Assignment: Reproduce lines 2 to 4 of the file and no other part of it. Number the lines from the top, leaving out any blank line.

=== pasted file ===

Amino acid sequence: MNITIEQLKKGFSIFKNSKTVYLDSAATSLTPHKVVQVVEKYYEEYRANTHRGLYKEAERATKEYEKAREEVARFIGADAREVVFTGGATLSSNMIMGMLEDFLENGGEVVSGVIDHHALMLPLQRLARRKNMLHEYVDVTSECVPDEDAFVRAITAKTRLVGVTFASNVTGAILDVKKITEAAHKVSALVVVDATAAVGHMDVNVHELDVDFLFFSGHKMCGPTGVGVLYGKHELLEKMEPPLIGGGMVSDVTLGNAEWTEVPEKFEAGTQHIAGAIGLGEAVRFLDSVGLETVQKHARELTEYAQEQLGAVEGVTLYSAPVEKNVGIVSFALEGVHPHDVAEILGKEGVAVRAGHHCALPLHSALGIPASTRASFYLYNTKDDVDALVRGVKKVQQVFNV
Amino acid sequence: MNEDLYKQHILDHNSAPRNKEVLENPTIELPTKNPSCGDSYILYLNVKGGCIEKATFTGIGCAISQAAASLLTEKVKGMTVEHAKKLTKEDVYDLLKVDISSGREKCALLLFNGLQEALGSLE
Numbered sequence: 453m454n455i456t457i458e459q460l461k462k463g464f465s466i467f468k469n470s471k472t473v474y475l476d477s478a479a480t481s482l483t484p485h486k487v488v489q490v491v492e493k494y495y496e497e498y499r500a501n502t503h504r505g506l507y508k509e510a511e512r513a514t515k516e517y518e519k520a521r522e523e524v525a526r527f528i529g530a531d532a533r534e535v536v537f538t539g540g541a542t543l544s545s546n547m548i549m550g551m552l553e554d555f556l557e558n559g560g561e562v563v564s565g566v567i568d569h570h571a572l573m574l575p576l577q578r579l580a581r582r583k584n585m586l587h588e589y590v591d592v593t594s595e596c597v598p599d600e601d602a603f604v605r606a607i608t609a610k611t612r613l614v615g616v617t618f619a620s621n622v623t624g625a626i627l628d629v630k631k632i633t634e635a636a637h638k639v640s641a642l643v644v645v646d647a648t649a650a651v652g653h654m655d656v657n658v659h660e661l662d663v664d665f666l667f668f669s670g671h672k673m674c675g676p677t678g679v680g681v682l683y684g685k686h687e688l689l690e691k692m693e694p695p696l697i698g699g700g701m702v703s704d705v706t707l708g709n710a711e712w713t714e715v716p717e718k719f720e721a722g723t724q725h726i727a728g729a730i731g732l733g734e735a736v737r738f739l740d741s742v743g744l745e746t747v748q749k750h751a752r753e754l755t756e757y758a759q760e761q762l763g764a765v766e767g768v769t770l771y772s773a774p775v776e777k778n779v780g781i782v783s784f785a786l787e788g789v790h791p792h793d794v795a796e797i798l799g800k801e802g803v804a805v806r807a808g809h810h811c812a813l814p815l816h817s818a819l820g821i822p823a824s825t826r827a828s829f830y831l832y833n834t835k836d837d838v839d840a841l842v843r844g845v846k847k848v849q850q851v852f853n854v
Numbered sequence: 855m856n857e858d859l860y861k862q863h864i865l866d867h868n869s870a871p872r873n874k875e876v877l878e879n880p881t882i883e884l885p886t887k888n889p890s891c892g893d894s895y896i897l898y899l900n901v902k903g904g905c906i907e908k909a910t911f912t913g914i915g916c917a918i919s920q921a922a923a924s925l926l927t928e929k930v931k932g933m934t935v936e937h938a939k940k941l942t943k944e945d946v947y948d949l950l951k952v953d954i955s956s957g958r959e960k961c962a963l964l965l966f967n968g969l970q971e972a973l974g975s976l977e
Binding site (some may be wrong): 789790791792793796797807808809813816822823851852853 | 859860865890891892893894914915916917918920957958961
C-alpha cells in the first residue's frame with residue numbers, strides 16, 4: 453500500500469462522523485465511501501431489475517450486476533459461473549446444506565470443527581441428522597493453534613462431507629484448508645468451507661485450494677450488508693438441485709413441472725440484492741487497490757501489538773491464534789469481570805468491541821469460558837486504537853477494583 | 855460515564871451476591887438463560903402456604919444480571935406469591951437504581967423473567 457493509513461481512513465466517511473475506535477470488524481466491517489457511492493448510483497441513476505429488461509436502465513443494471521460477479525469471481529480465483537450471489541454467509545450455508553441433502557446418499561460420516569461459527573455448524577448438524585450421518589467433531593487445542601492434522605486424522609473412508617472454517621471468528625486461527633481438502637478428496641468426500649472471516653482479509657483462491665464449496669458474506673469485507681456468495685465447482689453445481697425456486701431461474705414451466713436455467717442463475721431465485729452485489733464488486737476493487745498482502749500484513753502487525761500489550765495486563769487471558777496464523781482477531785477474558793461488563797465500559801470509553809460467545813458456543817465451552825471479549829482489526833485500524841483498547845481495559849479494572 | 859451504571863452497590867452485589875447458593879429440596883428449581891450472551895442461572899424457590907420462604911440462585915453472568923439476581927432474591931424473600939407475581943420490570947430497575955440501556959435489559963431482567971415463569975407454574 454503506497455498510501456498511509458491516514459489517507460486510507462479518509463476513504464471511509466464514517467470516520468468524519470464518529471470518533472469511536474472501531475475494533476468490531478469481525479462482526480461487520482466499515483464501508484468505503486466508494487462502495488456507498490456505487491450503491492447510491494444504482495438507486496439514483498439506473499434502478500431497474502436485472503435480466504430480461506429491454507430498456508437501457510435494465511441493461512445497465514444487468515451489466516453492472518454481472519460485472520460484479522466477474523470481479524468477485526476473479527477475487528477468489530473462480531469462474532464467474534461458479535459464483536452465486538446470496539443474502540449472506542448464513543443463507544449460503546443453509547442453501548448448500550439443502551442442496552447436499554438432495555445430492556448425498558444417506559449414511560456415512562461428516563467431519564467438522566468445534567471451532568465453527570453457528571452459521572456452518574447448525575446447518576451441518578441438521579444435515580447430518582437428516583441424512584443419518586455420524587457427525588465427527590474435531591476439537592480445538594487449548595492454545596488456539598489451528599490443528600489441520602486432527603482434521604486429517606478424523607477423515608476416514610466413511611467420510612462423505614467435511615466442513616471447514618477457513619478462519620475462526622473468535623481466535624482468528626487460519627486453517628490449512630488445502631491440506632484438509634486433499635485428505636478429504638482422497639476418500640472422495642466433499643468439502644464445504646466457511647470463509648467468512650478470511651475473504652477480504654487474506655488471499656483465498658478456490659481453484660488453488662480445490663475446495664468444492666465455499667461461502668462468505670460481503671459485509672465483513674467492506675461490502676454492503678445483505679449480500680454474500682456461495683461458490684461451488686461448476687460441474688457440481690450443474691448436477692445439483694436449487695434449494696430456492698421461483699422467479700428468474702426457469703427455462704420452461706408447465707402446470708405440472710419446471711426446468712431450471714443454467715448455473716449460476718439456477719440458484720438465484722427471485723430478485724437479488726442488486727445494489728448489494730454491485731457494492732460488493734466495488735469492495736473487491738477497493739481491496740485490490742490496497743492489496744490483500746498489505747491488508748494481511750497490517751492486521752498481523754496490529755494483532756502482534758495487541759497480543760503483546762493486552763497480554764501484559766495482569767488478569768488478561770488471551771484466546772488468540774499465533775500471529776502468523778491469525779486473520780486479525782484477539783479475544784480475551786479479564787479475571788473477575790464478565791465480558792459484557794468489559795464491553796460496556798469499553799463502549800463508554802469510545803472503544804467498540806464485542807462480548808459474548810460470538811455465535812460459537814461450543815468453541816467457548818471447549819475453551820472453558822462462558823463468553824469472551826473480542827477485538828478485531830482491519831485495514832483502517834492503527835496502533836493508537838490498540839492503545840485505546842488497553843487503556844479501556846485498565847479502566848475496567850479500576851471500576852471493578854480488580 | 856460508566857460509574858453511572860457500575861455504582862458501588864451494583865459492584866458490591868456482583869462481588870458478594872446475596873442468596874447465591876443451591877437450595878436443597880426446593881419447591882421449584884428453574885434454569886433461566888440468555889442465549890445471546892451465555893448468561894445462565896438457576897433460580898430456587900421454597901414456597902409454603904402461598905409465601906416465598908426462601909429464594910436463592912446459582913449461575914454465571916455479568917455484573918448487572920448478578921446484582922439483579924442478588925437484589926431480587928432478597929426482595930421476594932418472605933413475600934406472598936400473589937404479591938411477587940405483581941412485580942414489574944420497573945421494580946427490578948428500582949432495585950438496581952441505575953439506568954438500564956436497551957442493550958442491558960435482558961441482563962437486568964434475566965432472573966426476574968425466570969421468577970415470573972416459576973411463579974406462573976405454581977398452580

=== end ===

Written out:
Amino acid sequence: MNEDLYKQHILDHNSAPRNKEVLENPTIELPTKNPSCGDSYILYLNVKGGCIEKATFTGIGCAISQAAASLLTEKVKGMTVEHAKKLTKEDVYDLLKVDISSGREKCALLLFNGLQEALGSLE
Numbered sequence: 453m454n455i456t457i458e459q460l461k462k463g464f465s466i467f468k469n470s471k472t473v474y475l476d477s478a479a480t481s482l483t484p485h486k487v488v489q490v491v492e493k494y495y496e497e498y499r500a501n502t503h504r505g506l507y508k509e510a511e512r513a514t515k516e517y518e519k520a521r522e523e524v525a526r527f528i529g530a531d532a533r534e535v536v537f538t539g540g541a542t543l544s545s546n547m548i549m550g551m552l553e554d555f556l557e558n559g560g561e562v563v564s565g566v567i568d569h570h571a572l573m574l575p576l577q578r579l580a581r582r583k584n585m586l587h588e589y590v591d592v593t594s595e596c597v598p599d600e601d602a603f604v605r606a607i608t609a610k611t612r613l614v615g616v617t618f619a620s621n622v623t624g625a626i627l628d629v630k631k632i633t634e635a636a637h638k639v640s641a642l643v644v645v646d647a648t649a650a651v652g653h654m655d656v657n658v659h660e661l662d663v664d665f666l667f668f669s670g671h672k673m674c675g676p677t678g679v680g681v682l683y684g685k686h687e688l689l690e691k692m693e694p695p696l697i698g699g700g701m702v703s704d705v706t707l708g709n710a711e712w713t714e715v716p717e718k719f720e721a722g723t724q725h726i727a728g729a730i731g732l733g734e735a736v737r738f739l740d741s742v743g744l745e746t747v748q749k750h751a752r753e754l755t756e757y758a759q760e761q762l763g764a765v766e767g768v769t770l771y772s773a774p775v776e777k778n779v780g781i782v783s784f785a786l787e788g789v790h791p792h793d794v795a796e797i798l799g800k801e802g803v804a805v806r807a808g809h810h811c812a813l814p815l816h817s818a819l820g821i822p823a824s825t826r827a828s829f830y831l832y833n834t835k836d837d838v839d840a841l842v843r844g845v846k847k848v849q850q851v852f853n854v
Numbered sequence: 855m856n857e858d859l860y861k862q863h864i865l866d867h868n869s870a871p872r873n874k875e876v877l878e879n880p881t882i883e884l885p886t887k888n889p890s891c892g893d894s895y896i897l898y899l900n901v902k903g904g905c906i907e908k909a910t911f912t913g914i915g916c917a918i919s920q921a922a923a924s925l926l927t928e929k930v931k932g933m934t935v936e937h938a939k940k941l942t943k944e945d946v947y948d949l950l951k952v953d954i955s956s957g958r959e960k961c962a963l964l965l966f967n968g969l970q971e972a973l974g975s976l977e